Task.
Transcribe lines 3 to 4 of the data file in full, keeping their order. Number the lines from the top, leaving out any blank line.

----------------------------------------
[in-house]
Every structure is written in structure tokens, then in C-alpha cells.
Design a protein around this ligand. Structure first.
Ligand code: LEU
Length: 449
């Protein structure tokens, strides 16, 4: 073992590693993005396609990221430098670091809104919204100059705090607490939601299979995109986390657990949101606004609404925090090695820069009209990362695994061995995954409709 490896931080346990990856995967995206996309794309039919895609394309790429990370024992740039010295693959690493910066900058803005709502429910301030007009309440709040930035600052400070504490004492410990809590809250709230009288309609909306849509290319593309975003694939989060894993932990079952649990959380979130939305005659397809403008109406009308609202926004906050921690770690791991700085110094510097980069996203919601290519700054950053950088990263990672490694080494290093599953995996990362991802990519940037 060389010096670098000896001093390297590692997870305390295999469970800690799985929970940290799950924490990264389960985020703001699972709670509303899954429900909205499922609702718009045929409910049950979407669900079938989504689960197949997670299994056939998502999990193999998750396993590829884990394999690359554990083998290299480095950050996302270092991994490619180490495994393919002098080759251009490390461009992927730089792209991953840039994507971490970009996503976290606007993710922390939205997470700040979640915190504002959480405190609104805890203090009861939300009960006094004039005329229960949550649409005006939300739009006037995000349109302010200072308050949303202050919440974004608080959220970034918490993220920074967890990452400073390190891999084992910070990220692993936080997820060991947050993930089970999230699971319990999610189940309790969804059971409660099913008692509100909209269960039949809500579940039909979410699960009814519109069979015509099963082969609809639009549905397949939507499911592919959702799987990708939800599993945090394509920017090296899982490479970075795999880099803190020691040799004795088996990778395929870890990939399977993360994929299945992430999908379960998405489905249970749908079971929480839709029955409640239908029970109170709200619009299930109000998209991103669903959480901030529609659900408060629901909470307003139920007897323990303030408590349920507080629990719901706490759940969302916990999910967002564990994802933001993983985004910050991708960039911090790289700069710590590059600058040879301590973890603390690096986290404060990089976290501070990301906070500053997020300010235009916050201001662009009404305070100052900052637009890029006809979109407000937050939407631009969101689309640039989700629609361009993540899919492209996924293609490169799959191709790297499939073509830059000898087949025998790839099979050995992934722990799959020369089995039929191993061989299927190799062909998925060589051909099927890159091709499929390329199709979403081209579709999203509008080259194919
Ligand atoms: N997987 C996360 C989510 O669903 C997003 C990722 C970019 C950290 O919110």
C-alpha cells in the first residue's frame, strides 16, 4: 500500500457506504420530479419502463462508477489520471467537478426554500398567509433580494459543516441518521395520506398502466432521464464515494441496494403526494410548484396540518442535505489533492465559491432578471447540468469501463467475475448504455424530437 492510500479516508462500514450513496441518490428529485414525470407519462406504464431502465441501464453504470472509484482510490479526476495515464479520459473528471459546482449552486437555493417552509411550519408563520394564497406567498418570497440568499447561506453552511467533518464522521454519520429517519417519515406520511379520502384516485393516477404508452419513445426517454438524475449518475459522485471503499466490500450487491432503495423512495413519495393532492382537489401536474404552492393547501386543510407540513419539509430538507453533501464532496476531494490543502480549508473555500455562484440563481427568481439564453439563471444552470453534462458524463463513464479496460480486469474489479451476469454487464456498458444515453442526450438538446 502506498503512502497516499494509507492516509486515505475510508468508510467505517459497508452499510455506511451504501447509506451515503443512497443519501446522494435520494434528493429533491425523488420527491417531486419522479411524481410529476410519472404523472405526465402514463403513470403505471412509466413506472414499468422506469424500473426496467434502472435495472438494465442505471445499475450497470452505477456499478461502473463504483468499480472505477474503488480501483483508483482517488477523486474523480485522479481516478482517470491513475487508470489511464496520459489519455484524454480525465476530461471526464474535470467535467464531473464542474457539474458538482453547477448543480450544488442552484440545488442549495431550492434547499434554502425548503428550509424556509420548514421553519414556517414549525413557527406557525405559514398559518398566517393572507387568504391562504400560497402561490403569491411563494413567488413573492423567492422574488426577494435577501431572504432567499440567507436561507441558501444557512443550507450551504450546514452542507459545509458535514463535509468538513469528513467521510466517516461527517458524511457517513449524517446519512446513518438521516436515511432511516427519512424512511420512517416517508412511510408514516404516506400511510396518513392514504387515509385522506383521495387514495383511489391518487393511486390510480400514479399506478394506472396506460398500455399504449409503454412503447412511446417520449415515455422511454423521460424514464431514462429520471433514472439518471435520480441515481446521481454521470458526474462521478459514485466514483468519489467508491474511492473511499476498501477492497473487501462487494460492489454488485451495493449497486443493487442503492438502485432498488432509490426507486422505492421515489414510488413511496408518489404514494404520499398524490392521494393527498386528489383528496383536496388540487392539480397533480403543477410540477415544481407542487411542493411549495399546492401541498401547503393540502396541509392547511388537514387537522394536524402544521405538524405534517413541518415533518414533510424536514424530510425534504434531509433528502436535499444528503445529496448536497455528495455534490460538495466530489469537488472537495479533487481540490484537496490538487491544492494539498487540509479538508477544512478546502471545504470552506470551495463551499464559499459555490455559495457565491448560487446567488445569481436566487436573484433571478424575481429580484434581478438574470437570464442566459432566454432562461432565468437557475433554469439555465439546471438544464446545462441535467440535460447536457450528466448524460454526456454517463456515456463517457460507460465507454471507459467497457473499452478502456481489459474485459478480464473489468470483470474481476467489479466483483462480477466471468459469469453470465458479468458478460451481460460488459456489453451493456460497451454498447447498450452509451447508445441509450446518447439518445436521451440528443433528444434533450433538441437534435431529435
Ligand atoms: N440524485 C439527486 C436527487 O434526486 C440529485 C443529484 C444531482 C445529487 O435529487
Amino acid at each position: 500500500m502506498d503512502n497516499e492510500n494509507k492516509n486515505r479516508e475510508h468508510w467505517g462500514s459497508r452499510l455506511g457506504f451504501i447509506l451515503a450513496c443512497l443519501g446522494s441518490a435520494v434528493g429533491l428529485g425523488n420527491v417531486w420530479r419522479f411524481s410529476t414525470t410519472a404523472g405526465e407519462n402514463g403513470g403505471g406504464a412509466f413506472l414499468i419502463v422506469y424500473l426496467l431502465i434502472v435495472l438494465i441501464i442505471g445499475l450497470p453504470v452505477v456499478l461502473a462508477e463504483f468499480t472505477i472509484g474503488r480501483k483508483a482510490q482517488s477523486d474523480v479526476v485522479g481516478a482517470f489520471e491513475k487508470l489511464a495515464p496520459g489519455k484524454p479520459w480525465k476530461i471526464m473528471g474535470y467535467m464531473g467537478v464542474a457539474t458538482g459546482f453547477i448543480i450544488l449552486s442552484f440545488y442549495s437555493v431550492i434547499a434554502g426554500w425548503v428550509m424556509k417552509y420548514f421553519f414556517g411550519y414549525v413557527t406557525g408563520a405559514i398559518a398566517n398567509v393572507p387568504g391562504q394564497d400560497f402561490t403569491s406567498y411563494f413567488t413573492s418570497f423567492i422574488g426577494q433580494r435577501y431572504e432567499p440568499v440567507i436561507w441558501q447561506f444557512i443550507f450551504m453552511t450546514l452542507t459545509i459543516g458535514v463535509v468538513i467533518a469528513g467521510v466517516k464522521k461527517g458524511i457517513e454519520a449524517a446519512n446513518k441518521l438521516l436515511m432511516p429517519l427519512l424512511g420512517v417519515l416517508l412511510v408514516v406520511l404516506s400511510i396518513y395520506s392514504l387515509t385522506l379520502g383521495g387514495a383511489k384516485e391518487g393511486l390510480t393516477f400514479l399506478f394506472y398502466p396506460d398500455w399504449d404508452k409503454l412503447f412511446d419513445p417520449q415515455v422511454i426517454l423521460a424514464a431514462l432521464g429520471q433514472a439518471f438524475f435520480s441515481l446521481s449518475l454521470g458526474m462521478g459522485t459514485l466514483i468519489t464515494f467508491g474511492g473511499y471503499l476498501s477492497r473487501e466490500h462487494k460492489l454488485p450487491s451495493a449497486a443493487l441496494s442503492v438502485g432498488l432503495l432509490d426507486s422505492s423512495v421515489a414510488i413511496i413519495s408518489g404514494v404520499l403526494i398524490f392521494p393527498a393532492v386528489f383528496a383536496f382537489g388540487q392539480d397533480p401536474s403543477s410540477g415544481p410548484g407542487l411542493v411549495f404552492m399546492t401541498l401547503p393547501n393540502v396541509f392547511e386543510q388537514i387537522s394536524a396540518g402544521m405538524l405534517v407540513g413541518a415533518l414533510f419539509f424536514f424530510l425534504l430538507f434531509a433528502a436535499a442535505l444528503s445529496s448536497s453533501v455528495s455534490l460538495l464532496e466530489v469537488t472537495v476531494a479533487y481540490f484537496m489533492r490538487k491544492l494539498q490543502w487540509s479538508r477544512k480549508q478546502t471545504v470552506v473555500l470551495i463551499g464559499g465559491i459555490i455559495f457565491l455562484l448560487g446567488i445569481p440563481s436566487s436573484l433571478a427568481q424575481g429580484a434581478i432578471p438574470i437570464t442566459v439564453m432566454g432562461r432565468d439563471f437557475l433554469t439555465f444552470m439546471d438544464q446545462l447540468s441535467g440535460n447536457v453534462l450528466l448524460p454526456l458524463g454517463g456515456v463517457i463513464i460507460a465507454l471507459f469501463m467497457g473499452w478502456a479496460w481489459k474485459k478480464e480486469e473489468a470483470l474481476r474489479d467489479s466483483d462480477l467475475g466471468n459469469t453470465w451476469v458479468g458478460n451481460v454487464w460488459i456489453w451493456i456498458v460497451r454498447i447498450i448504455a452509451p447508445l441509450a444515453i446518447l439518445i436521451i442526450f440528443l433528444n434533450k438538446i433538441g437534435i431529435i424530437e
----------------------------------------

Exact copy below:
Design a protein around this ligand. Structure first.
Ligand code: LEU